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Atmospheric CO2 level

than 1 year ago
than 10 years ago
Source: NOAA ESRL
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Corona impact on air traffic: 85-90% decrease at Amsterdam Airport

Amsterdam Airport Schiphol usually has about 650 airplane arrivals per day.

Since mid-March, the number of airplane arrivals has dropped to about 70-90 per day, a decrease of more than 85%

Corona-virus travel restrictions: The Dutch government put in place restrictions starting on March 13 2020 when all flights to and from China, Italy, Iran and South Korea were cancelled. Since then a number of additional restrictions have been put in place, stopping all non-essential travel.

This chart is updated daily.

Corona impact in Spain: Electricity consumption down about 20%

The chart uses data from Red Electrica de Espana, the operator of the Spanish electricity grid. The chart shows the daily electricity consumption for this year compared to the last five years. Since mid-March, it seems that weekend power consumption is down from about 600GWh to 500GWh per day. Weekday consumption is down from about 750GWh to 600GWh per day.

Corona in Spain: Events started shutting down in late February, the first schools closures were annonced on March 9, and National lockdown started on March 14

The unusual pattern in the usage is because power consumption is far lower on weekends than on weekdays. This chart is updated daily.

Corona impact in Norway: Reduced road traffic, but now approaching normal levels

The Norwegian Public Roads Administration monitors vehicle traffic at hundreds of locations in Norway. This chart displays the number of cars per day passing Oslo/Ring 3/Smestad. In March-April 2019, weekday traffic volume was around 55000 cars per hour, weekend traffic 30000-35000 cars per day.

After Corona lockdown measures were implemented in Norway on March 12, weekday traffic fell to about 32000 cars per day, but has since increased to about 45000.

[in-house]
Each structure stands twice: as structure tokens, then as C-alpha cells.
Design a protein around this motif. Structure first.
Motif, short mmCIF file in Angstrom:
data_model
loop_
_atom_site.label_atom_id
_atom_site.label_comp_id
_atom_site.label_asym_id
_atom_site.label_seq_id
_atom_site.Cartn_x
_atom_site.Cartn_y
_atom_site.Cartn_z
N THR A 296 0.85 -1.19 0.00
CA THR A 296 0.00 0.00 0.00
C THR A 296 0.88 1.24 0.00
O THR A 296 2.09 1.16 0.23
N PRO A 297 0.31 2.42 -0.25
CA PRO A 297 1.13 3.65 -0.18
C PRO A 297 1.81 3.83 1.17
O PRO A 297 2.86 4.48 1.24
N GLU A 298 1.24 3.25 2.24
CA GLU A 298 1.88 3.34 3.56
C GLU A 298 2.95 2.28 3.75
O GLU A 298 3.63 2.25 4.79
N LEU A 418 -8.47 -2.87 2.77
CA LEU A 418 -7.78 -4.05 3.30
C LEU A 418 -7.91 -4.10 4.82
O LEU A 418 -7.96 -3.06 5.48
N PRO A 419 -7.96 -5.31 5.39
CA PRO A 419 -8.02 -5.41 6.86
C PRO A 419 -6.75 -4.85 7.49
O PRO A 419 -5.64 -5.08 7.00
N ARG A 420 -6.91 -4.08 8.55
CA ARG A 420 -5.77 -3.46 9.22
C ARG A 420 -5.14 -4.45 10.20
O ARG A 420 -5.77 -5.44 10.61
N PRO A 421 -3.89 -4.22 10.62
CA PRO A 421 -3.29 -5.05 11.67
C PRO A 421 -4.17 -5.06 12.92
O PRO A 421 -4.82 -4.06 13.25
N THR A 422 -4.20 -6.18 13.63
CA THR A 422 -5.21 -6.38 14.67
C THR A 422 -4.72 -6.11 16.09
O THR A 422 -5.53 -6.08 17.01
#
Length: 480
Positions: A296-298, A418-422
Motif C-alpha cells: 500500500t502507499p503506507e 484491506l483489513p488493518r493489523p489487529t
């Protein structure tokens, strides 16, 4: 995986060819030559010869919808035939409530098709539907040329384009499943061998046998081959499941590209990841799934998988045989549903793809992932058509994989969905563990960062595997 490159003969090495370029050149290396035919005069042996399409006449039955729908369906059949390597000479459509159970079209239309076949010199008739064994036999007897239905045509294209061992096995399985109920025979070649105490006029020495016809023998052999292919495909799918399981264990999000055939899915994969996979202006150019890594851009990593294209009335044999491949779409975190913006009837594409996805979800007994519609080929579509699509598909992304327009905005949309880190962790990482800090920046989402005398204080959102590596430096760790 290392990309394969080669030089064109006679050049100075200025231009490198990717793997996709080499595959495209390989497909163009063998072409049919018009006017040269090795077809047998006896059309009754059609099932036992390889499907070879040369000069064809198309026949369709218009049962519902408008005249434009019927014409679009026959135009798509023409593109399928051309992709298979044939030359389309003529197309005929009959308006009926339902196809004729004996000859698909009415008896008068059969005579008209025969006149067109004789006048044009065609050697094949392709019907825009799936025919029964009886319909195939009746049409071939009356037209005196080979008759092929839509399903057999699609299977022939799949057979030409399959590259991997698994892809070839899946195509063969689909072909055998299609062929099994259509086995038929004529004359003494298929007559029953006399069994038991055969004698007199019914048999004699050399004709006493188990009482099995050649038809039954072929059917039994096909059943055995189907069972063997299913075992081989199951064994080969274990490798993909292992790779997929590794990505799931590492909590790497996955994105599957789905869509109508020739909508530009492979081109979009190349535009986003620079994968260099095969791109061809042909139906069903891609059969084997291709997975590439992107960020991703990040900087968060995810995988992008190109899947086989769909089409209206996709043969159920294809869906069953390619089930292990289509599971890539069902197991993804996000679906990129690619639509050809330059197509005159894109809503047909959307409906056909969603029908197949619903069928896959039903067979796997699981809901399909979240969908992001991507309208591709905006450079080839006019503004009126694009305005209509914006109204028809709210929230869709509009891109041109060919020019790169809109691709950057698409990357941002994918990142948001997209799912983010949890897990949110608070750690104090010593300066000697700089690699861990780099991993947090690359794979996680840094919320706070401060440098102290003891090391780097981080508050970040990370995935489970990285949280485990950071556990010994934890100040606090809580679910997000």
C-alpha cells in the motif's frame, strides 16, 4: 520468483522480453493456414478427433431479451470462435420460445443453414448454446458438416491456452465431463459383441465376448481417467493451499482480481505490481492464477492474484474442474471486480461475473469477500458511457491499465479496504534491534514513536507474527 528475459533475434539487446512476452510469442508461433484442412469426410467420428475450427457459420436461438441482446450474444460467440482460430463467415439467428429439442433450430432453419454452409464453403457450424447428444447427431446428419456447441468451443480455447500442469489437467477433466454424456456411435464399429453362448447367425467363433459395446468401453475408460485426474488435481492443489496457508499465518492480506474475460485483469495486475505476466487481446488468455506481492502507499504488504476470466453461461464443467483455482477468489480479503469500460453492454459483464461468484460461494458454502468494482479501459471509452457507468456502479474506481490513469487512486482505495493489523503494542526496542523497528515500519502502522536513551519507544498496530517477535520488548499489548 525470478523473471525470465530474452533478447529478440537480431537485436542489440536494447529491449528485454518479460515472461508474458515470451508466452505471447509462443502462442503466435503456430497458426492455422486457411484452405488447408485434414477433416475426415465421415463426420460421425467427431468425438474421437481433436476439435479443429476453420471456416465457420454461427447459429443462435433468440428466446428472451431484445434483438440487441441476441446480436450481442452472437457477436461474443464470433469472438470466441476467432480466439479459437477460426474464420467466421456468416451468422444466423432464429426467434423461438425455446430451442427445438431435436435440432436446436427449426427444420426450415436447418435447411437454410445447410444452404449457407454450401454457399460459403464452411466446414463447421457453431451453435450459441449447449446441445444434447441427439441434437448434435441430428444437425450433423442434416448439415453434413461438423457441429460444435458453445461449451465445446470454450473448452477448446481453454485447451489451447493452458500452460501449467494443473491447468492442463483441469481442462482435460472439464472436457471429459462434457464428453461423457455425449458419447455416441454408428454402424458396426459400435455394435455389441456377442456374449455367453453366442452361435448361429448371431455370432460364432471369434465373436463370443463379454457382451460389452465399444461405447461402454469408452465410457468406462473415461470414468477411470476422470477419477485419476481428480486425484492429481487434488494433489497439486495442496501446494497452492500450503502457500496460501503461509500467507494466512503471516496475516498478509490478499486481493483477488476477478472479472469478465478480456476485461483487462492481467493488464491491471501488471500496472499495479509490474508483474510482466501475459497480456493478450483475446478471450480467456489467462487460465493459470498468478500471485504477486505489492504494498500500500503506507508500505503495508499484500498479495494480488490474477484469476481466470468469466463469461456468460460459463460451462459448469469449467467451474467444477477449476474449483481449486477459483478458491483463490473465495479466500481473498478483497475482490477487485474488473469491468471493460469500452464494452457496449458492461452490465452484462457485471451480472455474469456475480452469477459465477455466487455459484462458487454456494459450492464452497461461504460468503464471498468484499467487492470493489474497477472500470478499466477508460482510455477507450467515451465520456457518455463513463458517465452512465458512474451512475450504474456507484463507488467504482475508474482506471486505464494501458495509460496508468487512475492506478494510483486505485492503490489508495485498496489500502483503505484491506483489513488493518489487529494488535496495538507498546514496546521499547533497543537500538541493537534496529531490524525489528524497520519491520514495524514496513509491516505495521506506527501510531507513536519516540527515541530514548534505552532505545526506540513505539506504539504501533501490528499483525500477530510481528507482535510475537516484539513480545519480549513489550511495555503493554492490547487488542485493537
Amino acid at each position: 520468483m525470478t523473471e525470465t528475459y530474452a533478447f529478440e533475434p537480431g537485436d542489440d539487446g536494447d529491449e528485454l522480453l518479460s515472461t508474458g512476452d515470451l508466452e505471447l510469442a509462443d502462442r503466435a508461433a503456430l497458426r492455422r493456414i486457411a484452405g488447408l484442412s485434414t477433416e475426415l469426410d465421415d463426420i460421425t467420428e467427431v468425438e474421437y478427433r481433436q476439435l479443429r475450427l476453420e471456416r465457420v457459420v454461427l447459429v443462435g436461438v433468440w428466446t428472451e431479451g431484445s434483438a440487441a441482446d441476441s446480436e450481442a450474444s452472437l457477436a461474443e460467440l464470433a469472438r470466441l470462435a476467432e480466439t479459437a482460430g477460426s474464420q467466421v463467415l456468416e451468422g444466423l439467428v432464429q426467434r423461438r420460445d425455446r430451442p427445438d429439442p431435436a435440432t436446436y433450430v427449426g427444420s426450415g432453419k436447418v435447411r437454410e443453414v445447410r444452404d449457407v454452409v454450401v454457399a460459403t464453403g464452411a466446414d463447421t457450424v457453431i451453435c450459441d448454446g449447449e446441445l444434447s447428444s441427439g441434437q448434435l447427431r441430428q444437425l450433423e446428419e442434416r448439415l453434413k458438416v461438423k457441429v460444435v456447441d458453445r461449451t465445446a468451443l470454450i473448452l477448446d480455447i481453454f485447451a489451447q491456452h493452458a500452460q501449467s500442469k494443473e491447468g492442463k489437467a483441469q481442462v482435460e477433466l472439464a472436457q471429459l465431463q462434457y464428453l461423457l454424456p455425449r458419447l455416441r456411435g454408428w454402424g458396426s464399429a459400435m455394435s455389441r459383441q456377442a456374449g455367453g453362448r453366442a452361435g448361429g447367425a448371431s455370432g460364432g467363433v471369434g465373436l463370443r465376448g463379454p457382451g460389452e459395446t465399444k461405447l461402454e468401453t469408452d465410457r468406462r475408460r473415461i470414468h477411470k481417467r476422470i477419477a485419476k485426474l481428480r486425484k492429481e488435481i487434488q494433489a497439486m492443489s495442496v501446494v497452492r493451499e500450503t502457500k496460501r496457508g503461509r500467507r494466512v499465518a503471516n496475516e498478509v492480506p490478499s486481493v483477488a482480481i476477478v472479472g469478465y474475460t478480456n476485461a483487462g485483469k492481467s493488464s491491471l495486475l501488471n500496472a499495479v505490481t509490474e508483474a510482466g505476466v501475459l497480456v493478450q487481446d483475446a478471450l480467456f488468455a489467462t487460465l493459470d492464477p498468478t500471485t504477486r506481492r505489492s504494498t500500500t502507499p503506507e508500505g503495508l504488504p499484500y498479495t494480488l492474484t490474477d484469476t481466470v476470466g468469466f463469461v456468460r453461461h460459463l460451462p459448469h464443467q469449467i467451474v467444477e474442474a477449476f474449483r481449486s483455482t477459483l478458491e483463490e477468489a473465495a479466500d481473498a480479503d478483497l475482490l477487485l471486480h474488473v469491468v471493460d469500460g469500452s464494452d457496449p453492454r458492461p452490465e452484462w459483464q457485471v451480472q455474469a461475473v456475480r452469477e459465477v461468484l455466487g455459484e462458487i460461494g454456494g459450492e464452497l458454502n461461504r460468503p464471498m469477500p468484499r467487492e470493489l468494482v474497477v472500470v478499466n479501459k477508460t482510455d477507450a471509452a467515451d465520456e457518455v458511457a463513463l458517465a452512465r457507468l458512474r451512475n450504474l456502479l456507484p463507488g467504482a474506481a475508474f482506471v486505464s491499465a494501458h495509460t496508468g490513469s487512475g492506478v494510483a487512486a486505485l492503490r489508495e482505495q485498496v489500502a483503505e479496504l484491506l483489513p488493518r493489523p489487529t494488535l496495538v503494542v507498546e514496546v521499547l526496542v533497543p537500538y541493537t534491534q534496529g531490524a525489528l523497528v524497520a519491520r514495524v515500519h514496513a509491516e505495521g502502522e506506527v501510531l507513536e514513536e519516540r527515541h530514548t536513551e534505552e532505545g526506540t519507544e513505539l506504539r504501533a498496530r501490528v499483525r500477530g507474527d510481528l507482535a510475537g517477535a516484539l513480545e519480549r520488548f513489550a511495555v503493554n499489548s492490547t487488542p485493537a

This chart is updated daily.

Will the Corona/Covid-19 pandemic cause a reduction in CO2 levels?

With reduced travel and reduced economic activity, global CO2 emissions might be lower than previous years.

The chart uses data from NOAA ESRL Global Monitoring Division, Boulder, Colorado, USA and shows the atmospheric CO2 levels for each of the last 10 years. Ever since measurements started there has been a consistent increase in atmospheric CO2 of about 0.5 - 0.6% per year.

So far in 2020 the atmospheric CO2 levels are higher than ever before, as indicated by the upper line in the chart. This chart is updated daily based on measurements from the Mauna Loa Observatory.

Coronavirus/Covid-19 confirmed deaths are increasing in Latin America and Africa

This chart uses data from Johns Hopkins University Center for Systems Science and Engineering (JHU CSSE) and shows the daily number of confirmed Covid-19 Coronavirus deaths. The chart is updated every 24 hours.

In these charts, Northern America consists of USA, Canada, Greenland, Bermuda and St Pierre and Miquelon. Latin America consists of all countries south of the USA, including the Caribbean countries.

Coronavirus/Covid-19 confirmed deaths per day

This chart uses data from Johns Hopkins University Center for Systems Science and Engineering (JHU CSSE) and shows the daily number of confirmed Covid-19 Coronavirus deaths.

The bars show the number of new deaths per day. The red line show the increase in number of deaths. If the increase is 0, then no more deaths have occurred on that specific day.

This chart is updated every 24 hours. JHU CSSE updates their data around midnight UTC, this chart is automatically updated shortly thereafter.

Coronavirus/Covid-19 deaths per capita: Top 20 countries

This chart uses data from Johns Hopkins University Center for Systems Science and Engineering (JHU CSSE) and shows the current top 20 countries hardest hit by Corona/Covid-19 in terms of confirmed deaths per one million inhabitants. The data for Italy includes the Vatican City and San Marino. Countries with less than 50000 inhabitants are not included. The cruise-ship Diamond Princess (712 cases, 10 deaths among 3711 passengers and crew) is not included in this chart.

This chart is updated every 24 hours. JHU CSSE updates their data around midnight UTC, this chart is automatically updated shortly thereafter.